Tuesday, April 30, 2013

Spring Interruptus

April and May don't bring showers or flowers around here but mostly winds and dust, frequently spiced with brush fires, all of it to remind us of our a semiarid climate and terrain.

It's a season of both high expectations and frustrations, much like February and March in the upper latitudes of the United States: You know spring is coming soon but it takes its time in arriving and sometimes changes its mind. Jonquils and crocuses might pop out of the ground only to have their fragile blooms smothered by a blanket of late snow.

In late February and early March we had a similar Fool's Spring in the ranch. Huizaches, jarrillas and some mesquites exploded with yellow flowers but then a couple of freezes abruptly cut short the show.

Spring is here: The dramatic flower stalks
of the cucharillas. 
We have one jacaranda tree that we planted three or four years ago and in February its bright green, new foliage reached almost six feet, the tallest ever, and I secretly hoped for a least a sprinkling of the blue flowers that cover the mature trees in the center of town.

Our diffident jacaranda let me down again by shriveling in the late cold snap. It's sprouting new foliage now but there won't be any flowers this season. Last year we put rebar stakes and wrapped a protective piece of plastic sheeting around it but the barrier failed to fool nature or keep the sapling  from doing its frustrating leaf-out and dry-up routine.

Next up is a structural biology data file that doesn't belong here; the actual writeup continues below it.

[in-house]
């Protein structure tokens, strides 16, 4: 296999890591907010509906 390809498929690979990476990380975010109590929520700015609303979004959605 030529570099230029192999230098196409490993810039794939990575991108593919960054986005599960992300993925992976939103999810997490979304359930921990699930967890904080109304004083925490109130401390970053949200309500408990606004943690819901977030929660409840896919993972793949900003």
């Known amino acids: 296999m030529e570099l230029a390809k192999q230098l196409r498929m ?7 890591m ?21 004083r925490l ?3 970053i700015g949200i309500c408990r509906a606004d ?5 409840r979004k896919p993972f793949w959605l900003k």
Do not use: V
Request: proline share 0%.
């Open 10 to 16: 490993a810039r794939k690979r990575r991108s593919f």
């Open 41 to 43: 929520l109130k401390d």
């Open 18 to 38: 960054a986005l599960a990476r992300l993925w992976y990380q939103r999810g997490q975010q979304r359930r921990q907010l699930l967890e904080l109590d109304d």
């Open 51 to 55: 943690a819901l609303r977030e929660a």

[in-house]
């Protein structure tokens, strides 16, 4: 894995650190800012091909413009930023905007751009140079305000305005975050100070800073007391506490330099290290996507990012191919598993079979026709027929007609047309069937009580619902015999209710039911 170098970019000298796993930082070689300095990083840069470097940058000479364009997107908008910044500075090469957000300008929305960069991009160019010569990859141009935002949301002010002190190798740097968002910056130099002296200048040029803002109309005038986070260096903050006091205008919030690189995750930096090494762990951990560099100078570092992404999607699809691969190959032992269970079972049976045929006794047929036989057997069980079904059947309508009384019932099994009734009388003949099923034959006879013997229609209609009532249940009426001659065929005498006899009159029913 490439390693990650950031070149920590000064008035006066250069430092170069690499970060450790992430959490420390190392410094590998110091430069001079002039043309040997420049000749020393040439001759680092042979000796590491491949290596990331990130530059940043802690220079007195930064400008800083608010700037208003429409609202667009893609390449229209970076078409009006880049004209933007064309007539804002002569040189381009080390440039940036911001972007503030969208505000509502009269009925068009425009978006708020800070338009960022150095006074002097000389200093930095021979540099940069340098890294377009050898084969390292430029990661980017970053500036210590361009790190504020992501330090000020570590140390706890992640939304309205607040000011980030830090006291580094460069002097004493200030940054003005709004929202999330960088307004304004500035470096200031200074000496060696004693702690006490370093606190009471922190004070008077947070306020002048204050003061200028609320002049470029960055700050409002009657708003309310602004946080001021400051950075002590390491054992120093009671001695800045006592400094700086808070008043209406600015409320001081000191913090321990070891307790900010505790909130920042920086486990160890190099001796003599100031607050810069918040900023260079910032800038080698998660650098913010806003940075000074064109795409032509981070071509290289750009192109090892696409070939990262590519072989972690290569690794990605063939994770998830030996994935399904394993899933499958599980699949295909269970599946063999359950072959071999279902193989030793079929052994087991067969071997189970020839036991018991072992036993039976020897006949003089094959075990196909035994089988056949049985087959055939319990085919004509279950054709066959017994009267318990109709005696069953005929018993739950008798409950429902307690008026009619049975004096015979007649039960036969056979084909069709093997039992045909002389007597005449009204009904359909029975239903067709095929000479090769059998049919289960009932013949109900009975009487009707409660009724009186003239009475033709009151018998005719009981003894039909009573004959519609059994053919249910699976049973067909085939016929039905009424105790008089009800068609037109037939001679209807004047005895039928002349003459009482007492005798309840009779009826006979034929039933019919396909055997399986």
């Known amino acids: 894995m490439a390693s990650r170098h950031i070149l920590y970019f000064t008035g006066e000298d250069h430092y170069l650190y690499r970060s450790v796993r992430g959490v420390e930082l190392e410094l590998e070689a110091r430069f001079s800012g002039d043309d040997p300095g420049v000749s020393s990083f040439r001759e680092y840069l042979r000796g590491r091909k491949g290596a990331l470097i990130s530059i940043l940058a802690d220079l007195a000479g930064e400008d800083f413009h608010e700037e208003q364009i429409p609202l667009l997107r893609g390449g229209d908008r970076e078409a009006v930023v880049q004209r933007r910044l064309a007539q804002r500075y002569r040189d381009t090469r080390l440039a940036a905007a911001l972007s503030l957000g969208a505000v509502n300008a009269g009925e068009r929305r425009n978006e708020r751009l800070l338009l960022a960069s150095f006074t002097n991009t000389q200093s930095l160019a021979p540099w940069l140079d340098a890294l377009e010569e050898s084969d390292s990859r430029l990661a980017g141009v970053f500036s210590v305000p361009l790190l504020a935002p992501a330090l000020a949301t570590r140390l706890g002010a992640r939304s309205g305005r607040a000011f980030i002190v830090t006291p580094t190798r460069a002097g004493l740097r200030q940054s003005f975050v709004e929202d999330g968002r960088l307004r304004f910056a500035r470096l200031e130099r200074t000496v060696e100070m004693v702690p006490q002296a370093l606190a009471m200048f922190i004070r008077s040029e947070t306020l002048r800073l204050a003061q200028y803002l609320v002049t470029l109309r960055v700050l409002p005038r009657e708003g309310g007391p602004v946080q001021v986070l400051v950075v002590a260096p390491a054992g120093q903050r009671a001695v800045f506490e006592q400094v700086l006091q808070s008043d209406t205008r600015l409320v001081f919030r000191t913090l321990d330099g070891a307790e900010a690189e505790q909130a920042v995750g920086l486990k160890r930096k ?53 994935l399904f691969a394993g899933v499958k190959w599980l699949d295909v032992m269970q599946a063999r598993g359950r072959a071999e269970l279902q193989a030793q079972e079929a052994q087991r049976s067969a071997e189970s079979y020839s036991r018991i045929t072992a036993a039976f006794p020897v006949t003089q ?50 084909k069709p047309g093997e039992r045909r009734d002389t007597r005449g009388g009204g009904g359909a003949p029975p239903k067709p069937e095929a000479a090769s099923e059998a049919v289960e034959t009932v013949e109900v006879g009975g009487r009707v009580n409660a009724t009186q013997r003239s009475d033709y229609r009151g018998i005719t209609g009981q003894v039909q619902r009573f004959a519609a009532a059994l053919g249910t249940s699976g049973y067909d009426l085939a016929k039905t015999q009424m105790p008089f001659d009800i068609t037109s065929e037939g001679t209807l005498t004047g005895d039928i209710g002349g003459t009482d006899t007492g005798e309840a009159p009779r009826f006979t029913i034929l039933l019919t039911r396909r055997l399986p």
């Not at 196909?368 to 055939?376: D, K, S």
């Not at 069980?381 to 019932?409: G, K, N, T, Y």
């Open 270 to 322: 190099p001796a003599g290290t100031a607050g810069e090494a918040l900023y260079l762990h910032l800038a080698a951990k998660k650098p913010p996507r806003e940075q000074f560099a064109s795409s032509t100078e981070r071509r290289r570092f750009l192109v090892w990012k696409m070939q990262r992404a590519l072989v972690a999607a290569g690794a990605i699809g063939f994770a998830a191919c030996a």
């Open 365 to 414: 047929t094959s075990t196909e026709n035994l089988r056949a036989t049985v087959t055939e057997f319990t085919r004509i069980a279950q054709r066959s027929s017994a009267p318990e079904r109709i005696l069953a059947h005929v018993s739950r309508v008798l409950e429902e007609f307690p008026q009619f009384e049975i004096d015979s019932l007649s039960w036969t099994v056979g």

But about ten days ago our cucharillas started a totally unexpected show: flower stalks about ten feet high which against the rest of the landscape look like, hmm, giant erect penises covered with tiny flowers. It's like a commercial for Viagra but far more interesting and without the four-hour warning.

Cucharillas are very handsome, round desert plants with narrow leaves with little threads at the ends. They are sold in the U.S. for arid southwestern gardens http://www.monrovia.com/plant-catalog/plants/1503/green-sotol.php under the name of green sotol. Their botanical name, in case anyone is interested, is dasylirion acrotriche.

The stalks are covered with tiny yellow flowers
 that drive bees crazy. 
Their preferred habitat though is the great Chihuahuan desert of northern Mexico, just to the north of San Miguel. Indigenous people still use the leaves of cucharillas to make decorations for festivals, and in fact too many decorations and festivals apparently have led to an excessive harvesting of the plants in the wild.

When we planted several of them about three years ago they arrived in pots and were about three feet high. They let out a group yipee!!—or its Mexican equivalent—as soon as they hit the ground. Prolonged lack of rain and lousy, gravelly soil only seem to encourage their growth.

Accompanied by some LED uplights Stew installed, their long leaves waltz in the night breeze and could almost fool you into believing I actually knew what I was doing when I conjured up this bit of xeriscaping.